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Dark mode optimization

Joy UI uses CSS variables to ensure that server-rendered apps can load in dark mode on first render.

Joy UI is optimized so that end users who select dark mode as their preferred color scheme never see a flash of light mode when the app first renders. This is a common problem for server-side-rendered (SSR) apps and sites built with static-site generators (SSGs).

To solve this problem, Joy UI uses CSS variables to render all color schemes at build time so that the user's preferred mode can be served to them on first load.

The problem: flickering on first load

In a server-rendered context, an app is built long before it reaches the client—which means that it can't account for the user's preferred color scheme when it first loads.

As a result, if you load such an app, switch to dark mode, and then refresh, you'll see a flash of the default light mode before client-side hydration kicks in and switches it back to dark mode. Indeed, this light-mode "flash" will occur every time you load up the app in the future, as long as your browser remembers that you prefer dark mode.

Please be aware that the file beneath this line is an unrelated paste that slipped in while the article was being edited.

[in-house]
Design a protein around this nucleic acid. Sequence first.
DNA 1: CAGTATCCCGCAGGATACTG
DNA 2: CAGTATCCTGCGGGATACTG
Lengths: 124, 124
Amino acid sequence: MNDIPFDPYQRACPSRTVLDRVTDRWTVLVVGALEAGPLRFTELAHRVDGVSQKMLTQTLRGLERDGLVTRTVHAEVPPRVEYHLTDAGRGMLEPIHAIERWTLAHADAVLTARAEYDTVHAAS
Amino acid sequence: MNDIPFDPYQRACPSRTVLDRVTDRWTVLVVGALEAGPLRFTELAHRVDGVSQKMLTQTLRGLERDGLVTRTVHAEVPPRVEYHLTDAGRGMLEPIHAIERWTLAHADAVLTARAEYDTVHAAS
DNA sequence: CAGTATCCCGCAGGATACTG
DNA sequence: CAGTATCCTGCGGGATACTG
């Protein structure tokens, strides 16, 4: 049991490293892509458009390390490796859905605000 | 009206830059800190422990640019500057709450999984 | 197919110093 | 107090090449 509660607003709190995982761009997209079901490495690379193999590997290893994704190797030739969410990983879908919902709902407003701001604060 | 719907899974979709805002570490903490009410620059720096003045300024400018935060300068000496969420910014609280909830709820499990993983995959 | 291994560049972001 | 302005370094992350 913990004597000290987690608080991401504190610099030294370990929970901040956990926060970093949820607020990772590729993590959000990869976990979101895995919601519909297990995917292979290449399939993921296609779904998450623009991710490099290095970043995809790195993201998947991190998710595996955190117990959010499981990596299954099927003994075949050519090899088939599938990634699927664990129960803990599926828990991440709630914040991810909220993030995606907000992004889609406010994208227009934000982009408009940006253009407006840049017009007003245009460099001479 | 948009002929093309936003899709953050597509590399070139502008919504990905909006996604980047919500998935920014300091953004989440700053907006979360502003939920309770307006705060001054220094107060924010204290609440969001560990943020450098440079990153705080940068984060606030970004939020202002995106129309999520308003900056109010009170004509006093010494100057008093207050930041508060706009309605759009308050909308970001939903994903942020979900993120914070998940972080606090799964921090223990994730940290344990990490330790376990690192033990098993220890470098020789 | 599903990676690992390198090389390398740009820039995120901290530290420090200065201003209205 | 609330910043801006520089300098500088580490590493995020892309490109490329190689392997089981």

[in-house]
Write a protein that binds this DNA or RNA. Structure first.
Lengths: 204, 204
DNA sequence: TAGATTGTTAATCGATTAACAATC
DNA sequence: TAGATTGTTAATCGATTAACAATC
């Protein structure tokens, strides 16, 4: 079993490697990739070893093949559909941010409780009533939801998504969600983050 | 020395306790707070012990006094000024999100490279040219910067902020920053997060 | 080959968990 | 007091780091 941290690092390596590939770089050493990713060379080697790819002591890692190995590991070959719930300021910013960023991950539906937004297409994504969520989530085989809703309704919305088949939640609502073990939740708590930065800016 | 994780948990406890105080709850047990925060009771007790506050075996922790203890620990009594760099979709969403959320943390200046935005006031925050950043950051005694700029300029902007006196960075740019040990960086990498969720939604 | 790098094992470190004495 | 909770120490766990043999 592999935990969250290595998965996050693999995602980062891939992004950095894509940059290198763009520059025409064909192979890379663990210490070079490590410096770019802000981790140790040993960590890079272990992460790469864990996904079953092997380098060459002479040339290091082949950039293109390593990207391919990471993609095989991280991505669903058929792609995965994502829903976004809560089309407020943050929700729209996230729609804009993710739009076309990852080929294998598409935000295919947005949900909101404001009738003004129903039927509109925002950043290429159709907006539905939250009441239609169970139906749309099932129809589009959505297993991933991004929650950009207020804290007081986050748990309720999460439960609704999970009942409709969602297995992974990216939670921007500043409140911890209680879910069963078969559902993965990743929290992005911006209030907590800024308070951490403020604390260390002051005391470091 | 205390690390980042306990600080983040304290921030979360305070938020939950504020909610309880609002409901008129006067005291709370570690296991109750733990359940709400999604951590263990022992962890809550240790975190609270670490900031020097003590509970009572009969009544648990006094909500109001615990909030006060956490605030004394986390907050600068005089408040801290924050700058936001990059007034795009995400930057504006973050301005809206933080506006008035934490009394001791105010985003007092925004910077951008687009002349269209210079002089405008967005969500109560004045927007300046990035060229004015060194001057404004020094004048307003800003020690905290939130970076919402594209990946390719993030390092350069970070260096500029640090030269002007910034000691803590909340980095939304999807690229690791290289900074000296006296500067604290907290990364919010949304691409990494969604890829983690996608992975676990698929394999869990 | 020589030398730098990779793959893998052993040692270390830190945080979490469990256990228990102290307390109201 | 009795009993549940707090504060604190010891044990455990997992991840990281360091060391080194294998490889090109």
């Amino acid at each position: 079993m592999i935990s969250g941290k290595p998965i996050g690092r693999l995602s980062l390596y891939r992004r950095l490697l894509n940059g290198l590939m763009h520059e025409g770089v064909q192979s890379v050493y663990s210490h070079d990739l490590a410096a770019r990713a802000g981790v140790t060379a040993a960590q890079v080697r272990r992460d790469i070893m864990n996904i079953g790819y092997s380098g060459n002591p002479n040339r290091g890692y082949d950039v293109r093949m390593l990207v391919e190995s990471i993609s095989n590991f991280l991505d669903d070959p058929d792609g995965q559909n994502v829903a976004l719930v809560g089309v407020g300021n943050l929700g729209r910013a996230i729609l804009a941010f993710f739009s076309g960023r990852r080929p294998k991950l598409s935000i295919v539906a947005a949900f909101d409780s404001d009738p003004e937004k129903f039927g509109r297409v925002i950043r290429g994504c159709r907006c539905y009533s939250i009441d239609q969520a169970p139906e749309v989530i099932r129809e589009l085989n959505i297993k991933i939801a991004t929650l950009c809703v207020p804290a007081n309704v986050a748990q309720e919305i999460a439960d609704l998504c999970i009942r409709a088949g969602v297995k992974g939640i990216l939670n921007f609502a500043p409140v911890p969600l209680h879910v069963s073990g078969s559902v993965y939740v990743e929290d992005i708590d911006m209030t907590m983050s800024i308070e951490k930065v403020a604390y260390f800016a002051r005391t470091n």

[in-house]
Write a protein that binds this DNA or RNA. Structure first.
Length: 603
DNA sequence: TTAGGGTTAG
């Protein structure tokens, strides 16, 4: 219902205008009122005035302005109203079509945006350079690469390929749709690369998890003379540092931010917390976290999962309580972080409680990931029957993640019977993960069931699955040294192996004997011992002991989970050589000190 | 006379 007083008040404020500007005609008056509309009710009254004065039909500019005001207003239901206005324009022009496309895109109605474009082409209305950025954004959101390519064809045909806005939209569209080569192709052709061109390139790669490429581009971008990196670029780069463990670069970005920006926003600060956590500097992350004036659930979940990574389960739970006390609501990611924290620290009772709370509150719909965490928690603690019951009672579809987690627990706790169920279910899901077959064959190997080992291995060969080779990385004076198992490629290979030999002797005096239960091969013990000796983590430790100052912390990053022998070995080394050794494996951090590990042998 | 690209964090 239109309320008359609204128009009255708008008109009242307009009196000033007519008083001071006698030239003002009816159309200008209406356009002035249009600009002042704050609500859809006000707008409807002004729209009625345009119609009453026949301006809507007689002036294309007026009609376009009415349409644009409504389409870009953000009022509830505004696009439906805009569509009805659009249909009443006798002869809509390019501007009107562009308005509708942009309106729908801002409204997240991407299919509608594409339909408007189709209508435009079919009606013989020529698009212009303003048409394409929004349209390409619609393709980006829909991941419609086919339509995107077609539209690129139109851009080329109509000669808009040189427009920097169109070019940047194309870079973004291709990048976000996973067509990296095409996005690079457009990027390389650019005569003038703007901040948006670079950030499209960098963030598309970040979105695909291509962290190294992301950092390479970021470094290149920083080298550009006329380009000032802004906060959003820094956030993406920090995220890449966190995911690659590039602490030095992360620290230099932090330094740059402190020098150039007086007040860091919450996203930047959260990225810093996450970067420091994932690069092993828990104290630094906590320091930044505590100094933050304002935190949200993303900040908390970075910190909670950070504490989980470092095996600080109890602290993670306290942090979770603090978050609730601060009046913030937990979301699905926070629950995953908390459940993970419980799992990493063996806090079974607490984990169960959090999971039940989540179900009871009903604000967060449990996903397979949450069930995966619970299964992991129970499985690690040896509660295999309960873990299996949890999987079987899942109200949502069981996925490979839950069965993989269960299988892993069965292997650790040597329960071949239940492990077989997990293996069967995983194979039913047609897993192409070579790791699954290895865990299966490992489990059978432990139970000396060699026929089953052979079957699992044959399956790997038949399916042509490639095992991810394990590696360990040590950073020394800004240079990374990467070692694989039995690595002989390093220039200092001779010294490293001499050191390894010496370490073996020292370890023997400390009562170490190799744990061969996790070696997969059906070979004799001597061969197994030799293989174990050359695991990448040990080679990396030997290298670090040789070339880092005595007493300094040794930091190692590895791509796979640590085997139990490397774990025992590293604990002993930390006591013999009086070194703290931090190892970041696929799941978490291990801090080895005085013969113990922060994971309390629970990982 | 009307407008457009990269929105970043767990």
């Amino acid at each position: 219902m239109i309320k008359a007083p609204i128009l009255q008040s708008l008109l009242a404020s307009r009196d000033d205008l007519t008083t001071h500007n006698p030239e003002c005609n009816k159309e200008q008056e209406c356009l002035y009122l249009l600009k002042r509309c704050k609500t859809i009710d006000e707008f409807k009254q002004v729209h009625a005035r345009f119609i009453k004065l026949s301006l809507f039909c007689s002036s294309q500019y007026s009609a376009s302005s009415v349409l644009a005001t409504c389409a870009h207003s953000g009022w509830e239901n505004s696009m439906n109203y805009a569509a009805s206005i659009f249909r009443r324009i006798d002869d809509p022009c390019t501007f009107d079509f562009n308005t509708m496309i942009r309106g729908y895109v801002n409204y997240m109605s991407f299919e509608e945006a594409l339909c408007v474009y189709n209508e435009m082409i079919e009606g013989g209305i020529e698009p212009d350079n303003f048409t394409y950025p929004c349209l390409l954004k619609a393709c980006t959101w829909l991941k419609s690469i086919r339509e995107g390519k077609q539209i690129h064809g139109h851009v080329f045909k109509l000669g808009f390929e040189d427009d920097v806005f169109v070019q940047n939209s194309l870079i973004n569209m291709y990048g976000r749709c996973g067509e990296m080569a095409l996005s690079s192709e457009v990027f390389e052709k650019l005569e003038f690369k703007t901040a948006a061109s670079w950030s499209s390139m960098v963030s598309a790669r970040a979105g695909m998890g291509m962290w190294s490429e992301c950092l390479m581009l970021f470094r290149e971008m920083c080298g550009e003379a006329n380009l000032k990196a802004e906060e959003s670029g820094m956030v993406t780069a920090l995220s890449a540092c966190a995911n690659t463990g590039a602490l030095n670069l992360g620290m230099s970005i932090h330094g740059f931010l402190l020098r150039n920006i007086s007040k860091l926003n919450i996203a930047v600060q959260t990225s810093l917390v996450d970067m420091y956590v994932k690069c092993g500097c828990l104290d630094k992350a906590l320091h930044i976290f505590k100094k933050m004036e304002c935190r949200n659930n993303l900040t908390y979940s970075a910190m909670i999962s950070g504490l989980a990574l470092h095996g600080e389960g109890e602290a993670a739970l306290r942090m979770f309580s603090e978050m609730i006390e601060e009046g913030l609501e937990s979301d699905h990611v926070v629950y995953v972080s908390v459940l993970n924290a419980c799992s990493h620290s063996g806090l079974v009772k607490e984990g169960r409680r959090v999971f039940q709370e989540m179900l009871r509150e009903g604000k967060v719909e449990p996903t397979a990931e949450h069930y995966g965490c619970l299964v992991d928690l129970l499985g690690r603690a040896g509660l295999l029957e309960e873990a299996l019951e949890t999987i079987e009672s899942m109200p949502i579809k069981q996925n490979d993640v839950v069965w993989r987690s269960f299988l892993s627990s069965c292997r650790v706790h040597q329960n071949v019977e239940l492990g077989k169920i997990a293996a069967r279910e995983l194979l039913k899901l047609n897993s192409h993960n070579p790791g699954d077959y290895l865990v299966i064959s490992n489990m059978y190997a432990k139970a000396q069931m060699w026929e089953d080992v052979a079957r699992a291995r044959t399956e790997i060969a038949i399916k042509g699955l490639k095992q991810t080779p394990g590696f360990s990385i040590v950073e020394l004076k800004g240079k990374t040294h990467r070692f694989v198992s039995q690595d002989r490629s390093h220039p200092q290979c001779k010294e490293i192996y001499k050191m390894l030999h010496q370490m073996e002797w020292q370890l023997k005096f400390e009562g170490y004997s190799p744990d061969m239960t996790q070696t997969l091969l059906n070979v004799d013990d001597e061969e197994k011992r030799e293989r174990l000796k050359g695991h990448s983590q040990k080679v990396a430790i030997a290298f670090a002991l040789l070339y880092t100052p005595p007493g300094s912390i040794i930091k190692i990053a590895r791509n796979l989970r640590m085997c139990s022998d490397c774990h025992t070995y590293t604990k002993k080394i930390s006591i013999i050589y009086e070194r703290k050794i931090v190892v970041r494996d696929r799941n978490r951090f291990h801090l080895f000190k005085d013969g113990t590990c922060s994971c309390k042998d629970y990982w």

This can cause eye fatigue in a low-light setting, not to mention a frustrating interruption of the user experience—especially for those who interact with the app when it's in between modes.

The animated screen capture below illustrates this problem as it appears on

The dark-mode flashing problem at

The solution: CSS variables

Solving this problem required us to take a novel approach to styling and theming. (See this RFC on CSS variables support to learn more about the implementation of this feature.)

Thanks to Joy UI's built-in support for CSS variables, your app can render all of its color schemes at build time, so that the user's preference can be injected before the DOM is rendered in the browser.

Joy UI provides the getInitColorSchemeScript() function to make this flash-free dark mode possible with React frameworks like Next.js, Gatsby, and Remix. This function must be placed before the main script so it can apply the correct stylesheet before your components are rendered.

The code snippet below shows how this works with Next.js—see the Applying dark mode page for more details on usage with other frameworks:

import Document, { Html, Head, Main, NextScript } from 'next/document';
import { getInitColorSchemeScript } from '@mui/joy/styles';

export default class MyDocument extends Document {
  render() {
    return (
          <Main />
          <NextScript />